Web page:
So we may end up with less than three unique solutions, and that's fine. The great thing about this is that we can easily set up a bipartite flow graph from this because we have input pairs on one side and solutions on the other side. Let's see if we can stop the flow graph and solve the set of input pairs. We have the pairs 1533, minus one minus six and finally, two, two. So how we're going to set up this bipartite graph is we're going to have input nodes on the left side and answer nodes on the right side for our first input pair one five, if we compute one minus pi One plus five and one, multiply by five, we get minus four, six and five, which become answer nodes on the right hand side, then we want to attach an edge between that input pair and the answer.

Do the same thing for the next input pair. Make an input pair node and attach edges to the answer nodes. However, don't create another answer node if there already exists one with the value we need. In this example, you'll see that three plus three equals six and we already have an answer node for six. So simply attach an edge from three three to six do not create another answer node. This is to ensure that our answers remain unique.

And do the same thing for the other two remaining input pairs. You'll notice that the last input pair only produced two outgoing edges and not three. This is because there was a collision in particular two plus two equals But also to multiply by two equals four, and this is fine. Just put one edge don't put two edges. Then like every bipartite graph you're trying to find a matching for, you'll want to add the source s and the sync T. And a matching is really what we're after. Here we want to match input pairs to answers, and then we've actually solved the problem.

The next step after adding the source and the sink is to actually assign capacities to the edges of the flow graph. Let's start on the right side. The capacities from the answer nodes to the sink should all have a capacity of one since the answers need to be unique and limiting the edge capacity to one ensures that capacities for the input pairs two answers should also have a capacity of one since only one of plus minus or multiply should actually be matched to an answer capacities from the source to the input. pairs should reflect the frequency of the input pair. In this example, all frequencies are one. But as we know, that's not always the case.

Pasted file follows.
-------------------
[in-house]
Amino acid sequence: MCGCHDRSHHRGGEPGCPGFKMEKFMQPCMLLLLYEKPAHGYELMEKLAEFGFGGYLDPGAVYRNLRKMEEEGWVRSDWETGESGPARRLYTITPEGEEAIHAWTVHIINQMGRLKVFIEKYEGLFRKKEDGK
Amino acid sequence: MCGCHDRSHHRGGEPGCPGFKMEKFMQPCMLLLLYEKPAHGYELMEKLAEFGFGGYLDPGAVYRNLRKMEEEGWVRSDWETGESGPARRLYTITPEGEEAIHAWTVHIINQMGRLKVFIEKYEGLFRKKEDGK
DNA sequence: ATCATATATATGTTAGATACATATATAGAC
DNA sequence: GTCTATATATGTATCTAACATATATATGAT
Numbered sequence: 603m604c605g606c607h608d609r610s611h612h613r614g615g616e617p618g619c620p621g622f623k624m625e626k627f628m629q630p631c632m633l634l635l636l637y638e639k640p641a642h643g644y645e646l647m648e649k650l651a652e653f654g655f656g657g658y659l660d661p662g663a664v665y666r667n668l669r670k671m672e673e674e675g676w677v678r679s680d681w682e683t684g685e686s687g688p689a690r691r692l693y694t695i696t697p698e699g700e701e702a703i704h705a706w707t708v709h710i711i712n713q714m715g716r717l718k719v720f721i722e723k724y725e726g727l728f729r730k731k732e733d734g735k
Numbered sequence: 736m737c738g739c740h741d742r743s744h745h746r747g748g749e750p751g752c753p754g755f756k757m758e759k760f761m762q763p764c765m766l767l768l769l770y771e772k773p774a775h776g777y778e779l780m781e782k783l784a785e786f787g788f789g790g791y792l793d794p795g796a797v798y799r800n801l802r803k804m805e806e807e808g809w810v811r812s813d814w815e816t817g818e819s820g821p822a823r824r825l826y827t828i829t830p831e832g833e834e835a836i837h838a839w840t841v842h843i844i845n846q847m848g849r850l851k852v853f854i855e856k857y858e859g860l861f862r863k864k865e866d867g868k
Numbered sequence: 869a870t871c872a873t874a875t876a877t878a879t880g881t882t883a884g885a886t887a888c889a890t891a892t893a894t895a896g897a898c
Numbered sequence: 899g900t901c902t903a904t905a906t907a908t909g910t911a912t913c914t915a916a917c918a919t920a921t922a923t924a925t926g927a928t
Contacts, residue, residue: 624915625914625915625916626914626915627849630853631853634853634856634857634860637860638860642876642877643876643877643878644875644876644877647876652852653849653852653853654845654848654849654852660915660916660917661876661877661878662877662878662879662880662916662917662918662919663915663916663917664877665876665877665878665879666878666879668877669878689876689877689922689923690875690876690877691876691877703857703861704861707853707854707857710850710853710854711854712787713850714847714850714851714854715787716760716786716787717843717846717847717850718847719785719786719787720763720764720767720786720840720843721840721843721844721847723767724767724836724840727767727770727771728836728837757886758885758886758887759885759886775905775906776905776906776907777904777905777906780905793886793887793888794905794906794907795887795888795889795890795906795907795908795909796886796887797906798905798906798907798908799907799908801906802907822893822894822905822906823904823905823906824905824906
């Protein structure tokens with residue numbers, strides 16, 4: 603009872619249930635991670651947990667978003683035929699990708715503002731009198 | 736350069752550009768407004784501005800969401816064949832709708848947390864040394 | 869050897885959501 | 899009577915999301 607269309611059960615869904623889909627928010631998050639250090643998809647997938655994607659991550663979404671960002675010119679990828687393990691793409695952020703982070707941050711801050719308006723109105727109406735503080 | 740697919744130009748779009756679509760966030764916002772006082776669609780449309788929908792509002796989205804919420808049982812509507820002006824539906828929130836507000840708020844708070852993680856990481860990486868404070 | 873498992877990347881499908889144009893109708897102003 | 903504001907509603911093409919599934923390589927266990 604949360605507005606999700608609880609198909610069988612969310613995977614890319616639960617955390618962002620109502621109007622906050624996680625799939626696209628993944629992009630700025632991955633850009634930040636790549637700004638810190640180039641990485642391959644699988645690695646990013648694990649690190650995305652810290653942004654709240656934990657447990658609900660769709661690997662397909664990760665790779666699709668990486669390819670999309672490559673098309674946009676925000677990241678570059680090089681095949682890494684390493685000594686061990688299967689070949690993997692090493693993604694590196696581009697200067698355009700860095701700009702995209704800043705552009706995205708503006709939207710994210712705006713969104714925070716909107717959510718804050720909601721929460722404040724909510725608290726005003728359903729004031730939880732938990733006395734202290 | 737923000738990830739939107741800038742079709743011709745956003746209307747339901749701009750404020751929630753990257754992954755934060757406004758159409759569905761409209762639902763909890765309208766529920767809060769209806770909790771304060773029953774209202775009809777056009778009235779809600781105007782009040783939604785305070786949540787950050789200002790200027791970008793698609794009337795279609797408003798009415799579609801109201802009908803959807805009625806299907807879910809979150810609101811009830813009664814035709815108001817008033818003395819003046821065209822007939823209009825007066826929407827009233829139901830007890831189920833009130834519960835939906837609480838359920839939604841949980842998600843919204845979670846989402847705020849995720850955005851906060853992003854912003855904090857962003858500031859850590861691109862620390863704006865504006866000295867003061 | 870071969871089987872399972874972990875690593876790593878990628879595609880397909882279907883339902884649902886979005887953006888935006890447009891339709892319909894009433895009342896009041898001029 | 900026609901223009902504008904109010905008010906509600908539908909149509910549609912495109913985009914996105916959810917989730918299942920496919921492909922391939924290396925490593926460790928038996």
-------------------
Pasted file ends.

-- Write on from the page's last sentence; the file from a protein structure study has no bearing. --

Now the flow graph is set up, let's run a maximal algorithm on it. The flow algorithm does its thing and some edges are filled with flow. These are the edges that were selected to be part of the maximum flow from this so we can derive what the matching was. More specifically, we're interested in the middle edges. Those are the edges which gives us information about the matching. every edge in the middle with one unit of flow represents a matching from an input pair a B to its answer.

For example, the input pair one five was matched to the answer node six because there's one unit of flow going through that edge. From this we can even deduce the operator used for each matching, which is actually needed for the final output. This can be By trying which of the plus minus or multiply operator results in the found matching? Basically, we first solve the problem by figure out which answers we get and then work backwards to figure out which operator was used. In theory, we could tag each middle edge with what operator was used, but I didn't bother doing that it's more work. Let's wrap up this problem.

The last thing we need to do is look at the matchings and figure out what operators were used. The first matching is the input pair, one five matched to six. So we asked ourselves, which of the three operators plus minus or multiplier results in one five equaling six, so we try all three options and we figure out that hey, one plus five is six. So the operator is the plus then we move on to the next pair, and then we do the same thing. If there are multiple operators that result in the right answer, pick any of them. And that's basically it, we can verify that all our operators yield the correct result and that all our answers are unique.

I didn't go into great detail on how to support multiple repeated pairs, but I'll leave that as an exercise to the listener. Thank you so much for watching. Please like this video if you learn something and subscribe for more Mathematics and Computer Science.